How to Nail Your Networking and Have Genuine Interactions

Posted by Andrew Hall on Oct 15, 2014 10:30 AM
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Networking gets a bad rap in the music industry. Many musicians even cringe at the word. It’s not, however, just about schmoozing to get what you want. If you’ve ever heard the saying, "It’s not what you know, but who you know" and got frustrated, then you’ll be happy to hear this saying: "It’s not who you know, but who knows you.”

This should feel more in line with spreading the word about your brand and the amazing music you create. It also goes with the mantra that the more people that know your problem, the better chance you have to actually solve it.

Here are four steps to nailing every networking interaction you have:

1. Treat everyday situations as networking opportunities

The reason a lot of musicians feel uncomfortable about networking is because it immediately conjures up images of forced corporate events and people in suits and dresses, which goes against their innate countercultural attitude. Well, that’s why we have to change the stigma that goes with the word "networking." The thing is, any interaction with people can turn into a networking opportunity. You could be on the train and hear the person next to you jamming out to a song your band covers, or standing in line at the venue you play frequently and see someone checking out a flyer for a show. Immediately, you know that you and that person share a passion for music, and you've just identified the perfect networking opportunity.

2. Make it your mission to be helpful

One way to make a great first impression is by setting an intention, and if that intention is to be helpful in some way to everyone, then every interaction you have you will come off as engaged and interested. Being polite and extending yourself will help keep the other person engaged and feel comfortable. Remember, you only get one shot at a first impression, so make it a good one.

3. Choose talking points

Have three or so talking points prepared to bring to any conversation. Whether it's more casual, like connecting with a potential fan, or more serious, like creating a potential business opportunity, you should be able to shape the conversation to match your intention of connecting with that person through your important talking points. You can use the simple ideology, "Can you help them and can they help you?If the answer is yes, then it makes sense to actually connect going forward, and if not, you can still be helpful by being that problem-solver or connector (or you can simply move on).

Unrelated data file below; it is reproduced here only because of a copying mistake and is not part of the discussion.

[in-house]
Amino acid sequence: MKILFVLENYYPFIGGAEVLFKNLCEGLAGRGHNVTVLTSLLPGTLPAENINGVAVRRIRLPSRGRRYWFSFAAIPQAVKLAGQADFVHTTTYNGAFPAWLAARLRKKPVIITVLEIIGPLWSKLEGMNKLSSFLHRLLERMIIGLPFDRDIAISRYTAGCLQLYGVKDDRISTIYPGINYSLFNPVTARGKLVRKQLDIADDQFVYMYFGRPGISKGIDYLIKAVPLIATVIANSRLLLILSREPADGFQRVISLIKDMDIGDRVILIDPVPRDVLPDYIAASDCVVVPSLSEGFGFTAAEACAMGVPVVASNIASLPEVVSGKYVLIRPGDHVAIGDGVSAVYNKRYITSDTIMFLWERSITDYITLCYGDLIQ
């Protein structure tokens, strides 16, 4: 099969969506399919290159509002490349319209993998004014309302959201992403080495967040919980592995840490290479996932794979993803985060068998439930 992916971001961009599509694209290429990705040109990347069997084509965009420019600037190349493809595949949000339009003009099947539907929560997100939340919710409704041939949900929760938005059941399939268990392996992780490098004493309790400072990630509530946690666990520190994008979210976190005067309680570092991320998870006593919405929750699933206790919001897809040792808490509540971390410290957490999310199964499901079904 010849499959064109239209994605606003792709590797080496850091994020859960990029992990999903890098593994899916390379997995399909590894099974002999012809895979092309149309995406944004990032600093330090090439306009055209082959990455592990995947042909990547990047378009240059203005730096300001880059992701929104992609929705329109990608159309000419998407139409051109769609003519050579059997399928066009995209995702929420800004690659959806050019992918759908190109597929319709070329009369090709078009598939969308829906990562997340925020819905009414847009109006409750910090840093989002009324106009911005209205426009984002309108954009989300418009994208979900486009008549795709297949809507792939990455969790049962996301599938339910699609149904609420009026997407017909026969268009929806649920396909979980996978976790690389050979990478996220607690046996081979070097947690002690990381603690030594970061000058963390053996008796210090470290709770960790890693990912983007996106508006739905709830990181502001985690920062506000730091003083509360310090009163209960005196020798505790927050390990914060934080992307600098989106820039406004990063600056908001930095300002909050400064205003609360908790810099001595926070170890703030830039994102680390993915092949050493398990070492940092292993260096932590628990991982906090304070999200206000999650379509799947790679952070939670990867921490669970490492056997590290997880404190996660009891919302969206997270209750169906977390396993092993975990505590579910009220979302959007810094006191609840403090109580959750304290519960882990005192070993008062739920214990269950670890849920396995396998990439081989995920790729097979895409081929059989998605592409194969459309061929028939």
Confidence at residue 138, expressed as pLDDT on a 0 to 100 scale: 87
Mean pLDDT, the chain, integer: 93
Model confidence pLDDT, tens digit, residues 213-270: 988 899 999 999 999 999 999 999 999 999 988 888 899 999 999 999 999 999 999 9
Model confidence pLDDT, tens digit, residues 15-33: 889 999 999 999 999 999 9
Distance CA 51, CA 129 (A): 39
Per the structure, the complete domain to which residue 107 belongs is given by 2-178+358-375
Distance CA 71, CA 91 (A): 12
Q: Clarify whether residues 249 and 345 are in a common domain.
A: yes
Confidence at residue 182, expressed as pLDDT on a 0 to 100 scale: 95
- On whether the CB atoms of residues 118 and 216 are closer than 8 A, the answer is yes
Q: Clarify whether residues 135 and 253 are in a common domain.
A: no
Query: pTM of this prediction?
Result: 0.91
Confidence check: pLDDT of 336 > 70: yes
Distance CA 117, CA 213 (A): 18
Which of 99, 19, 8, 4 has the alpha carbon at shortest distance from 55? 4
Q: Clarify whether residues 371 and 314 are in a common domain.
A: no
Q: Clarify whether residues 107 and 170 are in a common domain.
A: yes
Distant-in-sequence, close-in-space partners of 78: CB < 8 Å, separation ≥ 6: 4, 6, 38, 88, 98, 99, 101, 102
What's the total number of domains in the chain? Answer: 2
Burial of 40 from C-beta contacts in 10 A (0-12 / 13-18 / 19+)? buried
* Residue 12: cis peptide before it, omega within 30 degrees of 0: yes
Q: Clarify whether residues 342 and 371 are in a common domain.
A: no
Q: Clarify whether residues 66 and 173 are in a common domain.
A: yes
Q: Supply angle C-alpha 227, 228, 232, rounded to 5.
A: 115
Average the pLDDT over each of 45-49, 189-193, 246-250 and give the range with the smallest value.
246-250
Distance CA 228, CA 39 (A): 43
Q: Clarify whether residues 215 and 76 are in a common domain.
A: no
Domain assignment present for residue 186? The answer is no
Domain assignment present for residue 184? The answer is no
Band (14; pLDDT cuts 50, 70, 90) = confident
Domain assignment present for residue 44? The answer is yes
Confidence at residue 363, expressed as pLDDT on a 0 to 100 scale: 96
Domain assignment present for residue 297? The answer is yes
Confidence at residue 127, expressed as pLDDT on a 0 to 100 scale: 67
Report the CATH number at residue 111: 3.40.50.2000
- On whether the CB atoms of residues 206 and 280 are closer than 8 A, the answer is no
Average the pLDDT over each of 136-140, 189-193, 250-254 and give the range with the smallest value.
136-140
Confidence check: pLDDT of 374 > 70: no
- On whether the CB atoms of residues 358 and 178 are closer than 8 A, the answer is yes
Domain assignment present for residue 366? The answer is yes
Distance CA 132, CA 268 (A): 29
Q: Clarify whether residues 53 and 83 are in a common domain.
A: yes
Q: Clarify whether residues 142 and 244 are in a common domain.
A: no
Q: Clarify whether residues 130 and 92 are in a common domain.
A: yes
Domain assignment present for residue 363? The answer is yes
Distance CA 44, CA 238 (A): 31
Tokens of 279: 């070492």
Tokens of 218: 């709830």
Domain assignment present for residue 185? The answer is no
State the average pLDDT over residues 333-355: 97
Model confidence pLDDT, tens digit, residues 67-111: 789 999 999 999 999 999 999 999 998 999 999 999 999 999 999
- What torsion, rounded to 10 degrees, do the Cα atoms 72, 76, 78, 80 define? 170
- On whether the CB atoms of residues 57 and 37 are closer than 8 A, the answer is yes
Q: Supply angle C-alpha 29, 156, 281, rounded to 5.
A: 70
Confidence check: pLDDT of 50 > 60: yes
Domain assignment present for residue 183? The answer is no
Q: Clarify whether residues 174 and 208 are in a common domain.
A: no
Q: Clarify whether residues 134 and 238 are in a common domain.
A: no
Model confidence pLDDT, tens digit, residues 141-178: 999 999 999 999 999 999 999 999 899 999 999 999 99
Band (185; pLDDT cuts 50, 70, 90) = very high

4. Know how to end it and follow up

When you've reached the point in the conversation where it feels like it's run its course, it probably has, so don't force it. Now is the time to evaluate if you should connect going forward.

Not every conversation has to end with both of you exchanging contact information and promising to make things happen. If you do see the opportunity as a chance to help or be helped, then great – exchange contact information. You should have his or her name memorized by now, but when you part ways, it's always good to jot down something key that made your conversation memorable. This will be huge when you engage and follow up.


You see, networking isn't that bad. You just have to reshape your image of the stuffy corporate event with shrimp cocktail and see it for what it really is: people connecting and helping each other.

Being helpful, getting out there and telling people what you need help with (so they can help you), and being nice are all qualities that you should have in everyday life. The more you practice those skills, the more they'll become natural skills. So the more it's a part of your life, the more benefits you'll have down the road, – especially when you need them most.


As a lifelong Bostonian, Andrew Hall has been an advocate for the local music scene by participating, managing, and consulting with bands since 2006. A founding team member of a service-based music management company Deer in Headlights Music Group, Andrew has taken his experience in community building and tech and applied that knowledge learned cross dimensionally.

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